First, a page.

Two high-profile historic structures – Pacific Beach Woman’s Club on Hornblend Street and an America Colonial-designed residence on Grand Avenue – are being rehabilitated for reuse by a local real estate investor.
Escrow recently closed on the century-old PB Woman’s Club located on three parcels at 1721 Hornblend St. The buyer was Ramin Karimi, who also owns the historic 1,750-square foot, barn-style roofed home on the corner of Grand Avenue and Jewell Street.
Karmi said he purchased the three Hornblend parcels for $1.4 million. “They (Woman’s Club) gave it to us for the lower price when we agreed to let them use the property for the next two years for twice-a-month care for the homeless there via RV showers, and for having their events there a couple of times a year.”
Karimi has multiple options for adapting the Woman’s Club site. He is nearly done reconstructing the dwelling on Grand and Jewell.
“The plan is to keep the building, and we have two plans, three really, and we don’t know which route we’re going yet,” Karimi said of his Hornblend property rehabilitation. He added, “We asked the City, and it’s OK with them if we use it as medical offices, splitting the building’s interior with temporary movable walls.”
Added Karimi: “It’s in a multi-family zone. The City said we could use it as a single-family home or split it up. We can have up to six units on the site. We’re going to split it into three units, each 1,200- to 1,500-square-feet. We might keep the first level as parking and build something on top of that. We’re going to restore it (club building) and keep it the way it is.”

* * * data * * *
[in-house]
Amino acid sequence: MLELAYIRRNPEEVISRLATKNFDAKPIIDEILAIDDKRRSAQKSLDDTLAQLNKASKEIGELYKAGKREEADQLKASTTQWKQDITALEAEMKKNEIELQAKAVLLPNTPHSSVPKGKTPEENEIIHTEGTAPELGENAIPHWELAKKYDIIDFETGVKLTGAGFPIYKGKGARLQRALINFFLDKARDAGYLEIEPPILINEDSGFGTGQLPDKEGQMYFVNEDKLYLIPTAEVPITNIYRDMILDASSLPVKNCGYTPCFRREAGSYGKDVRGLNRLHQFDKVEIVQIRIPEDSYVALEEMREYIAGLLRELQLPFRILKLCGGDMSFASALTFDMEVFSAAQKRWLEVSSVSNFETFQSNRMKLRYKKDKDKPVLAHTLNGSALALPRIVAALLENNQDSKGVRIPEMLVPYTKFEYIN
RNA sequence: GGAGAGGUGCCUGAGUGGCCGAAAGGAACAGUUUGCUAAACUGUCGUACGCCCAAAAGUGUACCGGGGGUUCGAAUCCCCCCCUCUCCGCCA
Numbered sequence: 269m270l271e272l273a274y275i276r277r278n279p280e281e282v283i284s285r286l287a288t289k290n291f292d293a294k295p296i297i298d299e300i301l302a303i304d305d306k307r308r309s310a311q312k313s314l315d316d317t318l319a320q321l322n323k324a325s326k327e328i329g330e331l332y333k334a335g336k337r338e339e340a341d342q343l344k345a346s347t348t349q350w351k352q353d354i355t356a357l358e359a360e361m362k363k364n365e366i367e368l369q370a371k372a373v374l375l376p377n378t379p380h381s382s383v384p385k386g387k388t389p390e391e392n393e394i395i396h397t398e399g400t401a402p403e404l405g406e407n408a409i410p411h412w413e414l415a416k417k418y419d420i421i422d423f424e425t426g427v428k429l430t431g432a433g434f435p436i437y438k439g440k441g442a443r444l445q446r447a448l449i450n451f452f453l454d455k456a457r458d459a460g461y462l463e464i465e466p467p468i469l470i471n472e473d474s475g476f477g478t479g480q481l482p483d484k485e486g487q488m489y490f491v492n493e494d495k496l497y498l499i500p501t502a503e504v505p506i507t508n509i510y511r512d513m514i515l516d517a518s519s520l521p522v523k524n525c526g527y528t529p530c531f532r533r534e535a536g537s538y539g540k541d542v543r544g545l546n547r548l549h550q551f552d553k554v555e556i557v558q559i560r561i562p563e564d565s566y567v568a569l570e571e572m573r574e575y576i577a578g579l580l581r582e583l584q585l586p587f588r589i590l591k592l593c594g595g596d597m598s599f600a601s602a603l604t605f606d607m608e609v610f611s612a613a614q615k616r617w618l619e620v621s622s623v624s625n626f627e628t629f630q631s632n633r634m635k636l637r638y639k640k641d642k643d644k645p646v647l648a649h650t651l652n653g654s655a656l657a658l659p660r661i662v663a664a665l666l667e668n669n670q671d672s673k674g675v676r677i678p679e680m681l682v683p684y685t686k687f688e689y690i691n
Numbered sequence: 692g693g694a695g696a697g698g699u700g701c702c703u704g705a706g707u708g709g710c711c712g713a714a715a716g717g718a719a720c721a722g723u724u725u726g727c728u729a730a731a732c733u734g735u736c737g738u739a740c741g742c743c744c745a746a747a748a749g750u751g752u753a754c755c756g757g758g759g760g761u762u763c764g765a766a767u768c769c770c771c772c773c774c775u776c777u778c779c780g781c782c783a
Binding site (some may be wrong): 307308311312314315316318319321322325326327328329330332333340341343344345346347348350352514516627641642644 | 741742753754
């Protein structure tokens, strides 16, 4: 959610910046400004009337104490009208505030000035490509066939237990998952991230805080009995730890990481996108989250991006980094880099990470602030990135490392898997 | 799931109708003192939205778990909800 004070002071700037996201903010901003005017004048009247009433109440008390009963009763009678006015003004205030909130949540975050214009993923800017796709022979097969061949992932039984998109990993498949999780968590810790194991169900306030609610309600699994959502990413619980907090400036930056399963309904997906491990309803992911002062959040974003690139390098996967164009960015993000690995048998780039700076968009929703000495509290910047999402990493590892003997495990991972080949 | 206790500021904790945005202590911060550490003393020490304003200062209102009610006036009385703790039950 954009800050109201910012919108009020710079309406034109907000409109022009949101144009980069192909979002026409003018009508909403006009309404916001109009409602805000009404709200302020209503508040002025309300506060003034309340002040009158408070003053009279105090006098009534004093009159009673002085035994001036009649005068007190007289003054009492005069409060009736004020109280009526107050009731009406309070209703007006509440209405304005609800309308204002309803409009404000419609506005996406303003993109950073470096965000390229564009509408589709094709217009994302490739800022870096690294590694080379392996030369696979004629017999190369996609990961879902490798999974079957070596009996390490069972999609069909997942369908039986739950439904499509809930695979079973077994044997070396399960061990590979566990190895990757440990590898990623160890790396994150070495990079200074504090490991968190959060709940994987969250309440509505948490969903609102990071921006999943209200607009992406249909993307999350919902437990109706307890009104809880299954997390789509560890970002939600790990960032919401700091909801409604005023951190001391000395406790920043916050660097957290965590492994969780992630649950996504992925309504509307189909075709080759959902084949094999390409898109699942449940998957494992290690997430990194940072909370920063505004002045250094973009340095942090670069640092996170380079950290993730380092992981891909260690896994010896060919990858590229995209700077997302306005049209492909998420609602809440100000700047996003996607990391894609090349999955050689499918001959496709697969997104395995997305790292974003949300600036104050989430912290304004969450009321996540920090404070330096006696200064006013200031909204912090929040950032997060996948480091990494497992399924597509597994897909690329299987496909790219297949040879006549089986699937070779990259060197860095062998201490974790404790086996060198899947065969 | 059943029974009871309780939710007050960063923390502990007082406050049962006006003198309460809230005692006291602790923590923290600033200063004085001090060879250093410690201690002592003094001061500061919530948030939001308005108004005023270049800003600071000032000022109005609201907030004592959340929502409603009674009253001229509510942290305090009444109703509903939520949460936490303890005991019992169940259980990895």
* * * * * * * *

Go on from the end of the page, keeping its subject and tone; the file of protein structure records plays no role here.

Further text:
Karimi’s unsure of the timetable for redeveloping the Woman’s Club, adding it will take months just to get all the permitting to do construction. “I have no idea how long it will take before we can start work,” he pointed out, adding he would consider renting the former building out for weddings and other events. The building has two bathrooms, a kitchen, and a stage.
The 6,200-square foot lot at 1704 Grand Ave. is a pre-World War I historic home, with a cottage in the rear. It had been listed on the open market for $1 million. It was purchased in a dilapidated state with debris inside.
The two-story, three-bedroom, and one-bath home was built by the Handley family back in the 1900s. It had been owned and lived in by family members until it was sold to Karimi.
Of his Grand Avenue investment, Karimi noted: “That was in really bad shape. We’ve worked on it for almost a year, and we’re about 95% done. The architecture of the house, the framing, was amazingly solid, with no termites or bad wood. We didn’t change any of the structure inside.”
The cottage structure in the back of the Grand Avenue property will be razed. “One plan is to build three units on the backside where the little cottage is now,” Karimi said. “The front of the house has already been fenced and we’re going to keep it the way it is. We plan to advertise it as a historic vacation rental so people all over the country can book it and come and enjoy a 1920s-era home in PB.”
Karimi’s been active in the PB real estate market for about a decade. He said he purchases historic homes because he finds them “interesting to work on. I like to restore them like old vehicles.” Karimi added homes in his native Persia aren’t considered to be historical until they’re more than 1,500 years old.